Lexington, Ky.-In the wake of a reintroduced bill in Congress to ban horse slaughter in the United States, the American Association
of Equine Practitioners (AAEP) has reiterated, via a position statement, that the organization is not pro-slaughter.
Instead, in an official statement released in the fall, AAEP discloses, "We are pro-welfare of the horse" and says it recognizes
horse slaughter is an important welfare issue for the entire equine industry.
Dr. Tom Lenz, outgoing AAEP president, says AAEP is not "proactively opposing" the bill. "Our approach is to educate the horse
owner and the legislature and try to protect the health and welfare of the horse."
Dr. Tom Lenz
Lenz adds, "Honestly the people who propose these bills and support them don't honestly understand the issue. They tend to
look at this as an emotional issue – these are horses, our companions and we're sending them off to slaughter."
Or, the sheer numbers alarm them: approximately 55,000 horses are slaughtered annually in the U.S., according to AAEP statistics.
Yet such horses are taken to a processing facility because they are either no longer serviceable, are infirm, dangerous or
their owners are no longer able to care for them, according to AAEP.
That said, AAEP's statement acknowledges: "Our association believes slaughter is not the most desirable option for addressing
the problem of unwanted horses. However, if a horse owner is not able or willing to provide humane care, the AAEP believes
that euthanasia at a processing facility is a humane alternative to a life of suffering, inadequate care and possibly abandonment."
In light of AAEP's position, in November, shortly after the equine group released the statement, Blue Horse Charities, a nonprofit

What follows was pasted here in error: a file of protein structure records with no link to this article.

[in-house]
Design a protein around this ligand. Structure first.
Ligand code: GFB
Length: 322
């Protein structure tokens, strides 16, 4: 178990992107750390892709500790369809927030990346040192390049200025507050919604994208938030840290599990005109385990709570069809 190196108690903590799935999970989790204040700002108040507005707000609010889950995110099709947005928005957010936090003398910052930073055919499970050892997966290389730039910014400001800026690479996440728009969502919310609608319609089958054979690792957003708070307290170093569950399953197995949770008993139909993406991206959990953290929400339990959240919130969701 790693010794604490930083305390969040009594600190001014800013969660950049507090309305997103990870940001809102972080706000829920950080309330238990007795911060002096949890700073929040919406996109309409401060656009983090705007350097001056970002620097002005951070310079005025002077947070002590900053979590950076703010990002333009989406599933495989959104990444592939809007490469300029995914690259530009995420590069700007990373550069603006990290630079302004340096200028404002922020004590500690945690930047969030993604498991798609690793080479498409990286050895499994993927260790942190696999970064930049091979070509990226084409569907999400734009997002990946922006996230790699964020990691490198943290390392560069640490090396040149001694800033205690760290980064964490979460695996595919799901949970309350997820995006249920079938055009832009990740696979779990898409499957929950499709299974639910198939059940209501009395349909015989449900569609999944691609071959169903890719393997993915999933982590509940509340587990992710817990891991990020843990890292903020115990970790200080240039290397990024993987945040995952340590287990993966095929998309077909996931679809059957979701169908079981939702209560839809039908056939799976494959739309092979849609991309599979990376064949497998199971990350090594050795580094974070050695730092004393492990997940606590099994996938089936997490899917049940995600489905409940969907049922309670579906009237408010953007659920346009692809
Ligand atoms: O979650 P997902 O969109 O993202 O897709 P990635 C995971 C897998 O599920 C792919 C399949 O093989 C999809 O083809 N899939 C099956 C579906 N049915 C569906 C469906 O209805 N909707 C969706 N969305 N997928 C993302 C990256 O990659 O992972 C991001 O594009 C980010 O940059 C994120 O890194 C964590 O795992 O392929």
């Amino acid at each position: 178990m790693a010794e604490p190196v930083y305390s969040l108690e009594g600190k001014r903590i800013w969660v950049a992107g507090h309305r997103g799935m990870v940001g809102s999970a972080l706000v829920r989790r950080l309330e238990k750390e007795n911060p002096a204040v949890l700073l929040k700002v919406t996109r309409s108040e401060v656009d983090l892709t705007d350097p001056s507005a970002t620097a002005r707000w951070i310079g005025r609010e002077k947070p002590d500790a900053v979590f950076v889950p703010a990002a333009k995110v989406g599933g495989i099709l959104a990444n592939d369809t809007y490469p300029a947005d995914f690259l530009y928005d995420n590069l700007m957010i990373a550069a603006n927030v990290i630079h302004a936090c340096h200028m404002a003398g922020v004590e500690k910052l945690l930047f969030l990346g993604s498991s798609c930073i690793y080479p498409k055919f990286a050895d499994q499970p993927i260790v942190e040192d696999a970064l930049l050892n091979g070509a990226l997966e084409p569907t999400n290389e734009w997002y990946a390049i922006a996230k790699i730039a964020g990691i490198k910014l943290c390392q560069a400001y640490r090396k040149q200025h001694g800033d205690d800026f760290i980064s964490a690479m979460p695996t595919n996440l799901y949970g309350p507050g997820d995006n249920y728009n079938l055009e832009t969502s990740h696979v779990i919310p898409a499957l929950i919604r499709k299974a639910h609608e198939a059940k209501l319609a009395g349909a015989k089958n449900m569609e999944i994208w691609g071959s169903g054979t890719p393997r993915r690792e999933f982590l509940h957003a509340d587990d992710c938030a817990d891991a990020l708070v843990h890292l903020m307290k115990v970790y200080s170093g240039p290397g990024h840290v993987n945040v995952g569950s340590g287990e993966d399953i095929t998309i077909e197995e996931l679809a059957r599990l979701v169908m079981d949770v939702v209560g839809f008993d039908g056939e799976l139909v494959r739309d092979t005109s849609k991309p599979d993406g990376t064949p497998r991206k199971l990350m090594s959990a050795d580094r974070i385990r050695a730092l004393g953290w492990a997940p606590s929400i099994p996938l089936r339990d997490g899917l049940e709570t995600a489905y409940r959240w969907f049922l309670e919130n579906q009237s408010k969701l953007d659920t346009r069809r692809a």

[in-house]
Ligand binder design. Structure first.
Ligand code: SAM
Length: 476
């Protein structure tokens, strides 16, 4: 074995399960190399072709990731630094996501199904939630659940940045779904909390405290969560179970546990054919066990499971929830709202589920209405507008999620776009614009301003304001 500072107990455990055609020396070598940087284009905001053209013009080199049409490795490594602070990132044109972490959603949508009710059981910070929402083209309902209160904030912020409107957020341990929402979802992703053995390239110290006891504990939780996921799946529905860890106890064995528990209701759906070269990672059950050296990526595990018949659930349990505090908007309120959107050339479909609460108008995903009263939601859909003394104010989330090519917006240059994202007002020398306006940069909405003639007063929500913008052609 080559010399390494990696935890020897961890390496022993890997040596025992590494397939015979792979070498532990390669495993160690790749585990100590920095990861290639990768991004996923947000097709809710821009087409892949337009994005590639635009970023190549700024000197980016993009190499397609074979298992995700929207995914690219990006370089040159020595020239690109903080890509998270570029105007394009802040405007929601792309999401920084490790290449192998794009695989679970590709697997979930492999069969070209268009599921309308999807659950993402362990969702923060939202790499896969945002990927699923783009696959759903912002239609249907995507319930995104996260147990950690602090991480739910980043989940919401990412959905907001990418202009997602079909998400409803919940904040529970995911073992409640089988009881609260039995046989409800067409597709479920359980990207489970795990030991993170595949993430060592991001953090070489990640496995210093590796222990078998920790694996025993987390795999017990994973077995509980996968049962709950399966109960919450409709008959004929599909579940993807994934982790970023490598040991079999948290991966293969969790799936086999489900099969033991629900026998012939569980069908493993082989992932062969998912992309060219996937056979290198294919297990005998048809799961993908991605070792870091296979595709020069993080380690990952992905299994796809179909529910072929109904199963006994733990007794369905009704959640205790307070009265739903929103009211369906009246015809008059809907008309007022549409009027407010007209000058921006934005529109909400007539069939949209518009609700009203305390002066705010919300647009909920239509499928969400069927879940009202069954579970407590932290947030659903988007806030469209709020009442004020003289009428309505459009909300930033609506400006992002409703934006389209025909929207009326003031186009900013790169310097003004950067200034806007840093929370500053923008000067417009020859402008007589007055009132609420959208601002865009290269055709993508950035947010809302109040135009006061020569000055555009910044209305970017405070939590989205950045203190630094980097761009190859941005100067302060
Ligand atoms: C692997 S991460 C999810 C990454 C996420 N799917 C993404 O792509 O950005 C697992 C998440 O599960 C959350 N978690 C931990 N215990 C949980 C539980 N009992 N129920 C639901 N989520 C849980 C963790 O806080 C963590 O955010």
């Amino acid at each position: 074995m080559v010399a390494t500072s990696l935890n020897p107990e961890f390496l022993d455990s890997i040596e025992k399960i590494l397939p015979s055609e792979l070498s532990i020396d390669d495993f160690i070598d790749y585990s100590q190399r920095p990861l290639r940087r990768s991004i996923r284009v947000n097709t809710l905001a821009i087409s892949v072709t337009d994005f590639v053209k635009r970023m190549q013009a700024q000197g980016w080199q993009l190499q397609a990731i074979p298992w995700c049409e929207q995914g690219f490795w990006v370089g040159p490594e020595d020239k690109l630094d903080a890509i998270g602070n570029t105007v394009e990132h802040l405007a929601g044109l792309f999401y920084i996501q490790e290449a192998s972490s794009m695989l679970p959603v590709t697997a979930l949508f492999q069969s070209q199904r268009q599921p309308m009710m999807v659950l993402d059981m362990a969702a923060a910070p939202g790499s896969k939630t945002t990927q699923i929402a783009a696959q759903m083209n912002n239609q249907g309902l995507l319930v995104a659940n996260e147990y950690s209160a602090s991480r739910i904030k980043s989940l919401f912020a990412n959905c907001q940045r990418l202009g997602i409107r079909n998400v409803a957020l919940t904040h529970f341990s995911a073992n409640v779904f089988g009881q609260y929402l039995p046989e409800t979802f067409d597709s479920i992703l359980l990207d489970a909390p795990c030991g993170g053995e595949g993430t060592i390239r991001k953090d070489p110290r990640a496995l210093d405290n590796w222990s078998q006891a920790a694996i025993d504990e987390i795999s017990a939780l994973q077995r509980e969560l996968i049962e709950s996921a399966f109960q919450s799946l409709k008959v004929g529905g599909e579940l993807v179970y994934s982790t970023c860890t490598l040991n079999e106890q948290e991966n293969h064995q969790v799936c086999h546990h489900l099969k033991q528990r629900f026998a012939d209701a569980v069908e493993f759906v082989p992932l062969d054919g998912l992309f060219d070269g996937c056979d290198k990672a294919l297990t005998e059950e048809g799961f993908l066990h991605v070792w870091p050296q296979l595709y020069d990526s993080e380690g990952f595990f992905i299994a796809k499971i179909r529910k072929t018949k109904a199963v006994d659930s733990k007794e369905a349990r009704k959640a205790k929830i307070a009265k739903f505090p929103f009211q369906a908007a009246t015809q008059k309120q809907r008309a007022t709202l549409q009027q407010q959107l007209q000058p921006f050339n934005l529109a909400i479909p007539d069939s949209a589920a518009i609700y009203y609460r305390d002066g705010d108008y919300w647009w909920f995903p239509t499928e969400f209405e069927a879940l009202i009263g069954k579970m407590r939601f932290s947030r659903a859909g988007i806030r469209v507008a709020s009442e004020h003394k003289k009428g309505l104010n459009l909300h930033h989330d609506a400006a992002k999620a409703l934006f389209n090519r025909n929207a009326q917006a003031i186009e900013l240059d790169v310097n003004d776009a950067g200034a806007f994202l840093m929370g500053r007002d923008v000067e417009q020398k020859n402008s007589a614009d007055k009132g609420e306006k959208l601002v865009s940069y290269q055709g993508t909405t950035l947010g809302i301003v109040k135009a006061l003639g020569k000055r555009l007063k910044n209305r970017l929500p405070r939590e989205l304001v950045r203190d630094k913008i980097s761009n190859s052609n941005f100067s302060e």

group dedicated to protecting horses from slaughter, engaged in some finger-pointing targeting AAEP and other horse-related
industry groups. In an accusatory letter distributed to the racing industry, Blue Horse Charities claims the groups organized
to stall passage of the bill.
To the contrary, contends Lenz. Although AAEP has not responded to Blue Horse's allegations officially, with the exception
of AAEP's executive director's personal letter to the group, the association reiterates it "would endorse the bill if they
made some provisions for caring for unwanted horses and if they made some provisions to stop transport of horses."
Specific to the bill, H.R. 857, referred to as the American Horse Slaughter Prevention Act, AAEP says it would consider supporting
passage if specific revisions were made:
- Funding of care for unwanted horses. As the bill stands, it does not address financial support for unwanted horses voluntarily
given up by their owners. AAEP expresses concern that horse rescue and retirement groups will not have adequate resources
without federal funding.
"The bill says the fed funds may be appropriated if horses are confiscated," Lenz says. "But we don't think that's adequate-'maybe.'
We definitely have to have some funds allocated to that."
- Development of a specific enforcement plan to stop illegal transporters. Because slaughter plants exist in Mexico and Canada,
AAEP contends that if humane slaughter is banned in the U.S., then it is imperative that U.S. authorities aggressively enforce
the law to prevent a black market of horses transported out of the country. Currently the bill does not include a specific
plan detailing which agencies would oversee this component.
The concern to AAEP is that if the bill passes, many more horses will be shipped to Canada and to Mexico for slaughter, along
with the thousands already being exported. Last year, the USDA reported 30,000 horses were exported to Canada for slaughter.
Lenz suspects that number likely would double at least, if slaughter plants were to close. Lenz says no one "has a clue" how
many horses are transported to Mexico.
Secondary bill component
Equally worrisome to Lenz and AAEP is the bill's view on euthanasia. "They're making a judgment on what's an acceptable humane
form of euthanasia."
For instance, he says AAEP supports use of captive bolt euthanasia. "I've been to the slaughter plant in Texas and it is extremely
humane. Proponents of the bill are misleading people in describing the procedure.
"This is an issue that has to be based on scientific fact. Our goal is to be the voice of reason, because the proponents tend
to push this on an emotional level," he adds.